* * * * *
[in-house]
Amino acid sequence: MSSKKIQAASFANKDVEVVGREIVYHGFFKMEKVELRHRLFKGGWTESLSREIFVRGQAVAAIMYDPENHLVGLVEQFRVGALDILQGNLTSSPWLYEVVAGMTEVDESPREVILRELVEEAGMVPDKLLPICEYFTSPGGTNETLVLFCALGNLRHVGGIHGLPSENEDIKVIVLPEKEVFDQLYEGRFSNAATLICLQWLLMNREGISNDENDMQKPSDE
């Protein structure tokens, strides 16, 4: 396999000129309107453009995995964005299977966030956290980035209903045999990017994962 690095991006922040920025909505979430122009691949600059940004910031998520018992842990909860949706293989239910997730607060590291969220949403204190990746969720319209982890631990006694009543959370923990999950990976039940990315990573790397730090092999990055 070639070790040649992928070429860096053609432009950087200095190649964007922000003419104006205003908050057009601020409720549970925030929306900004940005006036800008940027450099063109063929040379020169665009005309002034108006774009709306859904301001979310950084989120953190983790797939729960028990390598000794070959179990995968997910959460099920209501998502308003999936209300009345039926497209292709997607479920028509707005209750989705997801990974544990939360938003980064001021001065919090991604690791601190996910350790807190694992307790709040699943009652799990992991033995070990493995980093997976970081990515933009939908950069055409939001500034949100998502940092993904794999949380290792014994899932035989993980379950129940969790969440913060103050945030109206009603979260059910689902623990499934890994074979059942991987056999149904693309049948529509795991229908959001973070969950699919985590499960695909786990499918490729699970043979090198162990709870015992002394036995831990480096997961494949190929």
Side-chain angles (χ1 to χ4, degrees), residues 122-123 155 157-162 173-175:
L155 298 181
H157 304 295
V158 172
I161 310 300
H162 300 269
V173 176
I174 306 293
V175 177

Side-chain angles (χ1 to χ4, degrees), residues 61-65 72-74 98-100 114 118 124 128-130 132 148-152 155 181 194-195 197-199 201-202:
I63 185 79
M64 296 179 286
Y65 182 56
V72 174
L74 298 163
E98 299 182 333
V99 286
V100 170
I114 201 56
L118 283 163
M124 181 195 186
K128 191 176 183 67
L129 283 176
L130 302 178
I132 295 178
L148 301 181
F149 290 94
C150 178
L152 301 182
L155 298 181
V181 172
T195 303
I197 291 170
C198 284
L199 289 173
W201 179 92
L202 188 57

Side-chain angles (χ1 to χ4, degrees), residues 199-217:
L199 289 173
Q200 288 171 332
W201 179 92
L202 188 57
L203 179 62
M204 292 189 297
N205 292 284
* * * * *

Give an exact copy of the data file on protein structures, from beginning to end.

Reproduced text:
[in-house]
Amino acid sequence: MSSKKIQAASFANKDVEVVGREIVYHGFFKMEKVELRHRLFKGGWTESLSREIFVRGQAVAAIMYDPENHLVGLVEQFRVGALDILQGNLTSSPWLYEVVAGMTEVDESPREVILRELVEEAGMVPDKLLPICEYFTSPGGTNETLVLFCALGNLRHVGGIHGLPSENEDIKVIVLPEKEVFDQLYEGRFSNAATLICLQWLLMNREGISNDENDMQKPSDE
């Protein structure tokens, strides 16, 4: 396999000129309107453009995995964005299977966030956290980035209903045999990017994962 690095991006922040920025909505979430122009691949600059940004910031998520018992842990909860949706293989239910997730607060590291969220949403204190990746969720319209982890631990006694009543959370923990999950990976039940990315990573790397730090092999990055 070639070790040649992928070429860096053609432009950087200095190649964007922000003419104006205003908050057009601020409720549970925030929306900004940005006036800008940027450099063109063929040379020169665009005309002034108006774009709306859904301001979310950084989120953190983790797939729960028990390598000794070959179990995968997910959460099920209501998502308003999936209300009345039926497209292709997607479920028509707005209750989705997801990974544990939360938003980064001021001065919090991604690791601190996910350790807190694992307790709040699943009652799990992991033995070990493995980093997976970081990515933009939908950069055409939001500034949100998502940092993904794999949380290792014994899932035989993980379950129940969790969440913060103050945030109206009603979260059910689902623990499934890994074979059942991987056999149904693309049948529509795991229908959001973070969950699919985590499960695909786990499918490729699970043979090198162990709870015992002394036995831990480096997961494949190929």
Side-chain angles (χ1 to χ4, degrees), residues 122-123 155 157-162 173-175:
L155 298 181
H157 304 295
V158 172
I161 310 300
H162 300 269
V173 176
I174 306 293
V175 177

Side-chain angles (χ1 to χ4, degrees), residues 61-65 72-74 98-100 114 118 124 128-130 132 148-152 155 181 194-195 197-199 201-202:
I63 185 79
M64 296 179 286
Y65 182 56
V72 174
L74 298 163
E98 299 182 333
V99 286
V100 170
I114 201 56
L118 283 163
M124 181 195 186
K128 191 176 183 67
L129 283 176
L130 302 178
I132 295 178
L148 301 181
F149 290 94
C150 178
L152 301 182
L155 298 181
V181 172
T195 303
I197 291 170
C198 284
L199 289 173
W201 179 92
L202 188 57

Side-chain angles (χ1 to χ4, degrees), residues 199-217:
L199 289 173
Q200 288 171 332
W201 179 92
L202 188 57
L203 179 62
M204 292 189 297
N205 292 284